US retailers resumed their annual ritual of attracting bargain-hunting shoppers with special deals on the day after Thanksgiving. The shopping day has lost some of its luster through dilution to the rest of the week or even the rest of the month and the rise of online shopping, but it is still an event that brings out special deals for TV, and sets a benchmark for shoppers during the rest of the TV season and the rest of the year.
From one industry perspective, Black Friday represents everything wrong with the hyper-competitive, price-fixated US TV market. US TV prices, especially on Black Friday, are routinely the lowest in the world (although prices in China, if you could subtract the VAT, would be quite similar), even though the US produces not a single display panel and assembles very few TVs. What the US market lacks in proximity to suppliers, though, it more than makes up in economies of scale as both a national market and in the scale of national retailers. Big US retailers like Wal-Mart, Costco, can arrange deals for tens or even hundreds of thousands of TV sets to be sold on a single day, and these deals inevitably attract TV suppliers into giving heavy discounts.
I can recall early in my career when Black Friday first made an impact on the US TV business in the late 1990s. Wal-Mart ran a Black Friday deal for a 13” CRT TV for $99, the first ever possibility for a consumer to buy a color television for under $100. The next year, the same price could get a 19” CRT TV, and over the years the products have continued to get bigger and better, with the price points going even lower. While Black Friday promotions include all range of product categories, inevitably TVs gather some of the greatest attention in news reports and pictures of the days’ sales, as shown in Figure 1 from last year.
Figure 1: Black Friday Shoppers Grabbing the Best TV Deal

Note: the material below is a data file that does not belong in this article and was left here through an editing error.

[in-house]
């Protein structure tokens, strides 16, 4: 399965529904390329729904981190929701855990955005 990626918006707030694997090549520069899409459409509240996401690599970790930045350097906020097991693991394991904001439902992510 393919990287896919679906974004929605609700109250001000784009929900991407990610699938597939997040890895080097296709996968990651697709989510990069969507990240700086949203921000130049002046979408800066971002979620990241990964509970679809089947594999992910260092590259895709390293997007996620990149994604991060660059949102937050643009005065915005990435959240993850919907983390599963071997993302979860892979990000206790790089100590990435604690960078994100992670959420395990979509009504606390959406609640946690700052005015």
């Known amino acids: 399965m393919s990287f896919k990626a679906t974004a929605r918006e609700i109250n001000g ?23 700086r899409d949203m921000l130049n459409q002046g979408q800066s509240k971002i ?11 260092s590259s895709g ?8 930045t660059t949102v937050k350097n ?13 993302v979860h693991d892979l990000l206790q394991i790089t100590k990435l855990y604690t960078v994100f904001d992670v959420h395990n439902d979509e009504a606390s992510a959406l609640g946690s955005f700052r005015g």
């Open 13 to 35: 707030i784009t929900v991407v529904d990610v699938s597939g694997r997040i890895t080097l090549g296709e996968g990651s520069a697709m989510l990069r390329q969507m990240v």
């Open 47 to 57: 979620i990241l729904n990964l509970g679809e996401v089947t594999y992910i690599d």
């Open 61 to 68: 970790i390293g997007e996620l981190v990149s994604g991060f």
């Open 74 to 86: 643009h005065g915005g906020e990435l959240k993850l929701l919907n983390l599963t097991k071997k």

Source: Business Insider
Here are some of the deals offered at the lowest “Opening Price Points” (OPP) this year for several screen sizes this year.
Several takeaways from this list:
Figure 02: Operating Margins of TV Divisions of Major Brands
Source: DSCC Quarterly Display Supply Chain Financial Health Report
While LGE has been able to sustain high margins on the strength of its position in OLED TV (and the huge MDFs from LGD) and Sharp has improved its profit margin after restructuring following the Foxconn acquisition, most TV makers have seen operating margins fall substantially in 2017, with Chinese brands TCL, Hisense and Skyworth falling to near break even or operating losses.
Black Friday is often known for these OPP deals, rather than sales of more upscale TVs. At the lower price points, these products are affordable for every household budget in the US, and the typical Black Friday shopper is by nature the most price-oriented. Nevertheless, the biggest TV brands get into the action as well, offering special deals on more upscale products:
Some observations for these premium set deals:
Although the OPP deals for Black Friday have been one-time events in the past, the deals for higher-end sets are likely to persist past the Christmas season and into the New Year. These deals tend to peak in mid- to late-January, just before Super Bowl Sunday.
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